Encryption

Generate Memorizable Passphrases That Even the NSA Can't Guess 267

Posted by timothy
from the exercise-for-the-reader dept.
HughPickens.com writes Micah Lee writes at The Intercept that coming up with a good passphrase by just thinking of one is incredibly hard, and if your adversary really is capable of one trillion guesses per second, you'll probably do a bad job of it. It turns out humans are a species of patterns, and they are incapable of doing anything in a truly random fashion. But there is a method for generating passphrases that are both impossible for even the most powerful attackers to guess, yet very possible for humans to memorize. First, grab a copy of the Diceware word list, which contains 7,776 English words — 37 pages for those of you printing at home. You'll notice that next to each word is a five-digit number, with each digit being between 1 and 6. Now grab some six-sided dice (yes, actual real physical dice), and roll them several times, writing down the numbers that you get. You'll need a total of five dice rolls to come up with each word in your passphrase. Using Diceware, you end up with passphrases that look like "cap liz donna demon self", "bang vivo thread duct knob train", and "brig alert rope welsh foss rang orb". If you want a stronger passphrase you can use more words; if a weaker passphrase is ok for your purpose you can use less words. If you choose two words for your passphrase, there are 60,466,176 different potential passphrases. A five-word passphrase would be cracked in just under six months and a six-word passphrase would take 3,505 years, on average, at a trillion guesses a second.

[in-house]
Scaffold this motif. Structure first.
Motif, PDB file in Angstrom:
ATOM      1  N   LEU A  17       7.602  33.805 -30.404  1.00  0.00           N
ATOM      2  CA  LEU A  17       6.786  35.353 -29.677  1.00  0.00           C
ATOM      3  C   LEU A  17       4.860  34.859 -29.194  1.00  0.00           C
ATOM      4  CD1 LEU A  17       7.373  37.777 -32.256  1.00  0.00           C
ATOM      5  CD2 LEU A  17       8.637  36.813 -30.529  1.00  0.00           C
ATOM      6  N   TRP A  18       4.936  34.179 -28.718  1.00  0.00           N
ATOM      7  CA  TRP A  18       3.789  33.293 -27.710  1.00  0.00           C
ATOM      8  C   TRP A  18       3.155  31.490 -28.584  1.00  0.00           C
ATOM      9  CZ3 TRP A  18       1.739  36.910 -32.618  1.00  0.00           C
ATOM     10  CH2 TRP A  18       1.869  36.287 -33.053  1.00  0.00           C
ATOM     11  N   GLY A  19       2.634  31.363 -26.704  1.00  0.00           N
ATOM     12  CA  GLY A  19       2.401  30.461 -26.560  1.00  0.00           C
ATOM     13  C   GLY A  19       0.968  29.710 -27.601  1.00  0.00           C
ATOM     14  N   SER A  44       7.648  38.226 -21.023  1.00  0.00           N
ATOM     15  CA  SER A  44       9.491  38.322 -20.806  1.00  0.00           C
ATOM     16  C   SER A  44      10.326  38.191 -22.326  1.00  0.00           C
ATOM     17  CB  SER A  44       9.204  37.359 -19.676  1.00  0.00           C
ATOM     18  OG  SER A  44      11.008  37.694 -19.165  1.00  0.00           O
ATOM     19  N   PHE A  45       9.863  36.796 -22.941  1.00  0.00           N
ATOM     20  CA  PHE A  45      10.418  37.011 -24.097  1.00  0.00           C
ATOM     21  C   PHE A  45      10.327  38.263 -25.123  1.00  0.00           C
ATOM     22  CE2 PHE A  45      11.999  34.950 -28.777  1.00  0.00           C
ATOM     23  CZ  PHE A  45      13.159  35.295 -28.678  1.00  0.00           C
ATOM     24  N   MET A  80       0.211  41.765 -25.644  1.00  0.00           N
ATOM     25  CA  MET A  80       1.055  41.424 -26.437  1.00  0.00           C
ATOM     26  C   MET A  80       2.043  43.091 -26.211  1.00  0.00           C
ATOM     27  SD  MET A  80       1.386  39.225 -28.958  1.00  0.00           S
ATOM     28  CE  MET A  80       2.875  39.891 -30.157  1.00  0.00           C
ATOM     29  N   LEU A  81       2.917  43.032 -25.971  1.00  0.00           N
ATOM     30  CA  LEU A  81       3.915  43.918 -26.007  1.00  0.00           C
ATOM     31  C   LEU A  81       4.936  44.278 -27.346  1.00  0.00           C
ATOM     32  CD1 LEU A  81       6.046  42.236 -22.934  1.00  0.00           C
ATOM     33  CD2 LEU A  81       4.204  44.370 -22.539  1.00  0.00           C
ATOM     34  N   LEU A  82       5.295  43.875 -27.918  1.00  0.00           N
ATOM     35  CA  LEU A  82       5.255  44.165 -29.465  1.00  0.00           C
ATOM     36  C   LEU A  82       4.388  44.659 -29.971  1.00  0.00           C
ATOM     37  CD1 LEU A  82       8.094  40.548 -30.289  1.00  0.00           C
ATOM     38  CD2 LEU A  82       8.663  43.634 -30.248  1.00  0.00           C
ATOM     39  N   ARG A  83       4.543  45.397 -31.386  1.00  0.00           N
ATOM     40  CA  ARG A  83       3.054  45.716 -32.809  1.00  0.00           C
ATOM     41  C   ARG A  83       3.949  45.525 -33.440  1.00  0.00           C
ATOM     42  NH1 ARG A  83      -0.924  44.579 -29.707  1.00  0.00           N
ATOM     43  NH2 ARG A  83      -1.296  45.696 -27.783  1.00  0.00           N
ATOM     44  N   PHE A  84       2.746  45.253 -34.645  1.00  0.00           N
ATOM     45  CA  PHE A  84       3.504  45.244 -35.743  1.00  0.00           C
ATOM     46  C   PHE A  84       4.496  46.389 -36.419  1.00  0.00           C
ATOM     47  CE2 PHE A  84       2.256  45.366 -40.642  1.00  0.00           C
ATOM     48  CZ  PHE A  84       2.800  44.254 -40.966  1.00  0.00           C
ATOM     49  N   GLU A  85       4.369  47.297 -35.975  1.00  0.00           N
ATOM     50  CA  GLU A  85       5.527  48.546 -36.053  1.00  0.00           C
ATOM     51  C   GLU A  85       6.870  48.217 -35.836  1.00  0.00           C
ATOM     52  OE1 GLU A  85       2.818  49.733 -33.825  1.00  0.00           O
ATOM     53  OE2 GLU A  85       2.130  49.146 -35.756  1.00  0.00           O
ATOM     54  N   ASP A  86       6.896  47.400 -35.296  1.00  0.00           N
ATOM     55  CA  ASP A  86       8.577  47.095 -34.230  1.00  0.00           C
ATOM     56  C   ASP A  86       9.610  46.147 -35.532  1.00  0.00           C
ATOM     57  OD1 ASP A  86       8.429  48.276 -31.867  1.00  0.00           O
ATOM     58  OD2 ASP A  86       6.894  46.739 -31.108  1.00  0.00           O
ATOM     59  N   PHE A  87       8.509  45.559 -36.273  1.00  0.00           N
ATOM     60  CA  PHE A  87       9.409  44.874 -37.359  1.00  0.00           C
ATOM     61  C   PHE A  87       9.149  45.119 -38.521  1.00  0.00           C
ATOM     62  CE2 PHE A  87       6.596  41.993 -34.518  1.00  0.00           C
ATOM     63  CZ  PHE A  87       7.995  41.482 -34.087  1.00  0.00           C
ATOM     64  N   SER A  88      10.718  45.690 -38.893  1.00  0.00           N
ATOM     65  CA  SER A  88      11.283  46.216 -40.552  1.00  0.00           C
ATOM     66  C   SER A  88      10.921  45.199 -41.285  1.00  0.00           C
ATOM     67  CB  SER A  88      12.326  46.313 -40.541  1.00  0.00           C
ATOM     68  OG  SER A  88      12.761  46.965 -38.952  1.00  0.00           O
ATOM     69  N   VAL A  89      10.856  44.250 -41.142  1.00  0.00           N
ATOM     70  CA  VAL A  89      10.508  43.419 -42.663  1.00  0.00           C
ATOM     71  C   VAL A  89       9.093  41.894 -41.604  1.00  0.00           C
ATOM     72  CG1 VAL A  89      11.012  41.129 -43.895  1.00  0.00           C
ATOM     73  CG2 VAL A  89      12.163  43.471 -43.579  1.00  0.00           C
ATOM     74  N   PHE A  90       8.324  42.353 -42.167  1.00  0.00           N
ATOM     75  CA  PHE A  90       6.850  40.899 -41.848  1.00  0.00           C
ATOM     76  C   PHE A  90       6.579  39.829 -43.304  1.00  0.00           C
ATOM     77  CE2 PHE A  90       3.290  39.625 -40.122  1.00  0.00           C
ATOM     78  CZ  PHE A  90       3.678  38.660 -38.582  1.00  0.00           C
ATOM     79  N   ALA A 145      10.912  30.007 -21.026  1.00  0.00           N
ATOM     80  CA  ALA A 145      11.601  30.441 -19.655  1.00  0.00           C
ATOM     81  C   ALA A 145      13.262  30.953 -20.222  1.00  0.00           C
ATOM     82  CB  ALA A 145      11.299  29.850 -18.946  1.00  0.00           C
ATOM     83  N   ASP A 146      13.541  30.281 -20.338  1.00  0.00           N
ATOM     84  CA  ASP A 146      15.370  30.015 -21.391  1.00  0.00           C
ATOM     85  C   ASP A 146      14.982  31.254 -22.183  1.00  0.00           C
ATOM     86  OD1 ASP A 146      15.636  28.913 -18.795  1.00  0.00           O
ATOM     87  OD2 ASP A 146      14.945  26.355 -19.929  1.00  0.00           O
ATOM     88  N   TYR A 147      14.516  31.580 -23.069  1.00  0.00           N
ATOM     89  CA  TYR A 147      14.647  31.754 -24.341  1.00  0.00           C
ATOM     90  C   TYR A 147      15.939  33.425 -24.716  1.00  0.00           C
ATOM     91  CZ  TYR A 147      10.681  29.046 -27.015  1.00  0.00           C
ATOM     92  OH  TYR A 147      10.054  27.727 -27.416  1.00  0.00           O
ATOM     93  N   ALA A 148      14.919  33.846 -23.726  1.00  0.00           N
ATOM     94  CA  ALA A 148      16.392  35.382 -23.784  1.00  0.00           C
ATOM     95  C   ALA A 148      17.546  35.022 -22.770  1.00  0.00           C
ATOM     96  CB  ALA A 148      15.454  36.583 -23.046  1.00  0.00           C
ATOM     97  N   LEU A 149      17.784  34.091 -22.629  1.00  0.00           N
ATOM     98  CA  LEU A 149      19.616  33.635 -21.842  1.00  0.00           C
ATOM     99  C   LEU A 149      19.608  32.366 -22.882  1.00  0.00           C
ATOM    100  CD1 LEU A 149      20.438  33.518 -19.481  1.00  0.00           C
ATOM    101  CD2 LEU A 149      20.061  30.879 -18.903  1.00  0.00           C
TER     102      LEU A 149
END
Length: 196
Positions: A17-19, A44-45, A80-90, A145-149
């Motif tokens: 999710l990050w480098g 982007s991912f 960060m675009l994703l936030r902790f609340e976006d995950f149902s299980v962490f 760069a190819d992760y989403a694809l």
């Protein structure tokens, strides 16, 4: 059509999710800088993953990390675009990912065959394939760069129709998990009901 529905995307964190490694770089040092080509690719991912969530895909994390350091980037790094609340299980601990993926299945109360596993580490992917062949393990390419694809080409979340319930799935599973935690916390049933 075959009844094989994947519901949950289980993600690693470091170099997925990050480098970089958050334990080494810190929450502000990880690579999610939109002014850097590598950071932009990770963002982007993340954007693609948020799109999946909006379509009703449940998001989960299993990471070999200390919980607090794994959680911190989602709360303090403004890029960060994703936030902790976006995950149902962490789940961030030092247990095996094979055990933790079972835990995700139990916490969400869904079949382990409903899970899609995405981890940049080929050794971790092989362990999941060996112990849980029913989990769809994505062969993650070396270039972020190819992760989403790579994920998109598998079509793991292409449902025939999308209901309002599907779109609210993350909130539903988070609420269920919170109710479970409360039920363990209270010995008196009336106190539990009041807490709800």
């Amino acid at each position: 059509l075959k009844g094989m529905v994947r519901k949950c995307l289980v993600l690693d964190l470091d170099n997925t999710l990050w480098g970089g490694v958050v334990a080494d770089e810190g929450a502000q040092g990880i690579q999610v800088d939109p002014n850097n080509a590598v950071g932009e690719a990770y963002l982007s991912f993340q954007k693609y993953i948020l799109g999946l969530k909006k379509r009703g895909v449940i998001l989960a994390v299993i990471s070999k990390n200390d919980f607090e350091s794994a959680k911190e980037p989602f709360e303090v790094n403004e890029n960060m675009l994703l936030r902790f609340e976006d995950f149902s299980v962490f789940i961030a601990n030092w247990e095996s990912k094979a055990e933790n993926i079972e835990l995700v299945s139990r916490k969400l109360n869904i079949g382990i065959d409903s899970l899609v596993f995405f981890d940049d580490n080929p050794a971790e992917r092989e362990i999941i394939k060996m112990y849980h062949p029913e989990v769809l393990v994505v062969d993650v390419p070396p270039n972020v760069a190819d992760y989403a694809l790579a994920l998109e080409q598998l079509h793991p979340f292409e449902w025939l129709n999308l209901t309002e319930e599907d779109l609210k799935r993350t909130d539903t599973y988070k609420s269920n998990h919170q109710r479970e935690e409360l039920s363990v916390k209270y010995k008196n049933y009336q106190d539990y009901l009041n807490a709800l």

After you've generated your passphrase, the next step is to commit it to memory.You should write your new passphrase down on a piece of paper and carry it with you for as long as you need. Each time you need to type it, try typing it from memory first, but look at the paper if you need to. Assuming you type it a couple times a day, it shouldn't take more than two or three days before you no longer need the paper, at which point you should destroy it. "Simple, random passphrases, in other words, are just as good at protecting the next whistleblowing spy as they are at securing your laptop," concludes Lee. "It's a shame that we live in a world where ordinary citizens need that level of protection, but as long as we do, the Diceware system makes it possible to get CIA-level protection without going through black ops training."

Comment: Re:A smart phone is rarely convenient (Score 1) 248

by VanessaE (#49052129) Attached to: Smart Homes Often Dumb, Never Simple

You're right that a timer's a bad idea for your use-case, so how about something else? This seems simple enough, if a bit simplistic:

You've always got your smartphone with you, or most people do - certainly just about anyone who would have any interest in the "smart home" market, I would think. In any case, put the phone to work in the *right* way: there are apps that use the radio in the phone to triangulate its position to within a few dozen meters based on cell towers and neighboring wifi hotspots. Make another such app, or hook into an existing one, adding a function to calculate line-of-sight distance from your phone to your house's coordinates on the map.